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Cyberattack at 5 southwestern Ontario hospitals leaves patients awaiting care

As five southwestern Ontario hospitals grapple with a cyberattack they say has caused delays, some patients and their families say they've been left waiting for hours and had procedures cancelled.

The attack on 5 area hospitals was announced Monday evening

A photo of a sign for Bluewater Health

As five southwestern Ontario hospitals grapple with a cyberattack they say has caused delays, some patients and their families say they've been left waiting for hours and had procedures cancelled.

Tianna Giesbrecht says she arrived at the Windsor Regional Hospital's Met campus by ambulance around 5 p.m. Monday for what she suspects is a problem with her appendix. She says she was still waiting by 2 p.m. Tuesday and was later seen that evening.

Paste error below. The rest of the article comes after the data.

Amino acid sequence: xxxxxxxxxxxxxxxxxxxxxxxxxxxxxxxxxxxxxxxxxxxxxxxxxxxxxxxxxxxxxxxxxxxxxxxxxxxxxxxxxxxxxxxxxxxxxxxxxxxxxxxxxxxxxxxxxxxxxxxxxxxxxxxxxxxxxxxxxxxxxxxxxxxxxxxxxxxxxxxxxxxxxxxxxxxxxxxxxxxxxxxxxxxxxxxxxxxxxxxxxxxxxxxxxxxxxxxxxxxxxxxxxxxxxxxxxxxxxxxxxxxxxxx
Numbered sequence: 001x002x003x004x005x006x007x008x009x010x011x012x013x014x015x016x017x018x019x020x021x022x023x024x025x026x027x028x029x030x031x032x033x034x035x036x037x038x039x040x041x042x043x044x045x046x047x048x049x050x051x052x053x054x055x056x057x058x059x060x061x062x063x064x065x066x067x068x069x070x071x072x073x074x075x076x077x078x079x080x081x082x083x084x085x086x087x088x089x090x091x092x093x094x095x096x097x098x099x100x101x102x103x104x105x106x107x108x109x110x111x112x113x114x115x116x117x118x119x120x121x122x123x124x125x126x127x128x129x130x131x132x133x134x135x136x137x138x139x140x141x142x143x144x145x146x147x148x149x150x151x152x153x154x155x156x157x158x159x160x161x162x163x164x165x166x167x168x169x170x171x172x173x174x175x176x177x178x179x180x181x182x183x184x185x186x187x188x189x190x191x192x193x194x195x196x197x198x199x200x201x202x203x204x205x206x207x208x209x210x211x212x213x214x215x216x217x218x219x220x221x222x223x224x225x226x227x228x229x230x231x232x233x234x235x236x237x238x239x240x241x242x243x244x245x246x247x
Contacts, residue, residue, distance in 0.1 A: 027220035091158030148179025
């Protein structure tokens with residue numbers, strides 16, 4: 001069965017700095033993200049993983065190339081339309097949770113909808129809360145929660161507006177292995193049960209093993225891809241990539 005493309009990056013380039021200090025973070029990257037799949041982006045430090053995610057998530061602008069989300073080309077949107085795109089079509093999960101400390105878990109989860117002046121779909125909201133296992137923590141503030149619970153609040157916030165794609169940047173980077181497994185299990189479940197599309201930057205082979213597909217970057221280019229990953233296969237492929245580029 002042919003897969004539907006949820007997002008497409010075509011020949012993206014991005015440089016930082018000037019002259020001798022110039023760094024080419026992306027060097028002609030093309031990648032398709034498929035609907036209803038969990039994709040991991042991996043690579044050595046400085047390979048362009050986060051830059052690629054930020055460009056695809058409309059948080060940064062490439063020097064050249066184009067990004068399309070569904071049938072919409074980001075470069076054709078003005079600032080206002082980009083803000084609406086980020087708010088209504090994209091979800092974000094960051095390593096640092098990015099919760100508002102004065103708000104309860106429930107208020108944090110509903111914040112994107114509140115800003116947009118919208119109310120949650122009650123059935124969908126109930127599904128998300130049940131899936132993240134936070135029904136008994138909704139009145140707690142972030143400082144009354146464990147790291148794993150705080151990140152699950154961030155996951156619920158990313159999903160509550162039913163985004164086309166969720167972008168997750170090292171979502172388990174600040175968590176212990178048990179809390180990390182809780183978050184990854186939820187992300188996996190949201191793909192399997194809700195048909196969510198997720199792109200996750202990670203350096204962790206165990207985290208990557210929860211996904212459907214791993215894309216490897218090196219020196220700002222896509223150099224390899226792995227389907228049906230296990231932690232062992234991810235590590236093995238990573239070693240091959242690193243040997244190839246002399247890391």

Speaking to a CBC reporter via Facebook Messenger, Giesbrecht says people waiting with her in the hospital have left without being seen. Staff, she says, are using paper records and seem "frustrated."

"It's extremely frustrating knowing that our hospitals aren't better equipped against this sort of thing," Giesbrecht said, noting she works in IT.

"Plus it's scary to think of how many people are in pain and needing help and we just sit here waiting."

Online services such as patient records and email have been down since Monday morning at the five hospitals — Windsor Regional Hospital, Erie Shores HealthCare, Hôtel-Dieu Grace Healthcare, Bluewater Health and the Chatham-Kent Health Alliance.